In this activity focused on evaluating sources, students respond to the question "What makes a source 'good'?" by collectively brainstorming a list of characteristics they should look for in evaluating a source, then using their list to evaluate different types of sources on the same topic (e.g., a scholarly article, an op-ed, and a news article). As a class, students discuss whether their source was "good" based on the class's list of characteristics and for which types of information needs or settings their source might be most appropriate.
When writing a research paper, it can be easy to overlook the human side of scholarship – how being cited in a study (or not) can have real, material consequences, and how social structures can systematically exclude certain people from scholarship. This activity and lesson explores these ideas and gives students strategies for making their literature reviews more inclusive.
All told, this lesson takes about 50 minutes to an hour -- 20-30 minutes for the readings and pre-workshop activity, and 30 minutes of discussion.
How can we facilitate first-year student engagement with critical Framework concepts, especially in a one-shot class? This active learning activity is designed to teach source evaluation in a 50-minute class. The activity, which incorporates elements of problem-based learning and uses a flipped classroom approach, was added to our institution’s first-year experience course.
Using three example excerpts on citation practice and the experiences of specific scholars, attendees will interrogate and discuss how whiteness and other oppressions impact citation practice using a series of questions.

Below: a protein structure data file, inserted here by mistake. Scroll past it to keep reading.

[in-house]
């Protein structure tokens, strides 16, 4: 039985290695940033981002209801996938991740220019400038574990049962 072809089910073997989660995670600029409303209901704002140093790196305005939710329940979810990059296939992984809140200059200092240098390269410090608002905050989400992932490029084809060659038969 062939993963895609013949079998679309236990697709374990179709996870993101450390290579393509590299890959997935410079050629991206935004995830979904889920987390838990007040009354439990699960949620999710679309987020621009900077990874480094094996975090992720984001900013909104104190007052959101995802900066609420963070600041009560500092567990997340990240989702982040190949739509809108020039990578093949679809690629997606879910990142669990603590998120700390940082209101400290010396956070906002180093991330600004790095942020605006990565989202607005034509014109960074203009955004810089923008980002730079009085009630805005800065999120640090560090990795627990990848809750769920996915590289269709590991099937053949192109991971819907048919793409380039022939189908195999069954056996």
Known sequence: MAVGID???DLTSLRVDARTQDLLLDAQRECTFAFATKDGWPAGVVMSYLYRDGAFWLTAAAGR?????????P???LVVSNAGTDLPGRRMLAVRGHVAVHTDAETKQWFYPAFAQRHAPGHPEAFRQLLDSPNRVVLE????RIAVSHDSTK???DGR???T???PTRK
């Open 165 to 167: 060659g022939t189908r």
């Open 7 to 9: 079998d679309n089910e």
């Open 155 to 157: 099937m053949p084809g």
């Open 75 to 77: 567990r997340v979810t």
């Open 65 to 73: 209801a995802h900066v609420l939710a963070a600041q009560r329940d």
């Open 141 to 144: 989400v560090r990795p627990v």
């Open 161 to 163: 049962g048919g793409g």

This workshop introduces zines to a First Year Women's and Gender Studies class including what they are, general history and culture in the United States, and the process of making zines. This workshop supported a class assignment where students make zines featuring class readings and a reflective essay including original creative works. In the sessions, students recieve "handout" zines for note-taking and reflective work, a short lecture on zines, and work with databases to find pieces for their zine topics or ideas.
This lesson on journal prestige could be taught by itself, as part of a series on scholarly communication, or as a small part of a larger lesson on information prestige.
This is an activity to get students to think critically about the sources and information presented in a Wikipedia article.
This lesson on the nature and cost of scholarly publishing could be taught by
itself, or as part of a series on scholarly communication, or as a small part of a larger lesson on
An open access MOOC in French to bonify the information literacy skills of university students (with Moodle).
Through the course of researching a topic, students will learn about differences in types of information and how to use research to gather relevant terms to narrow a topic.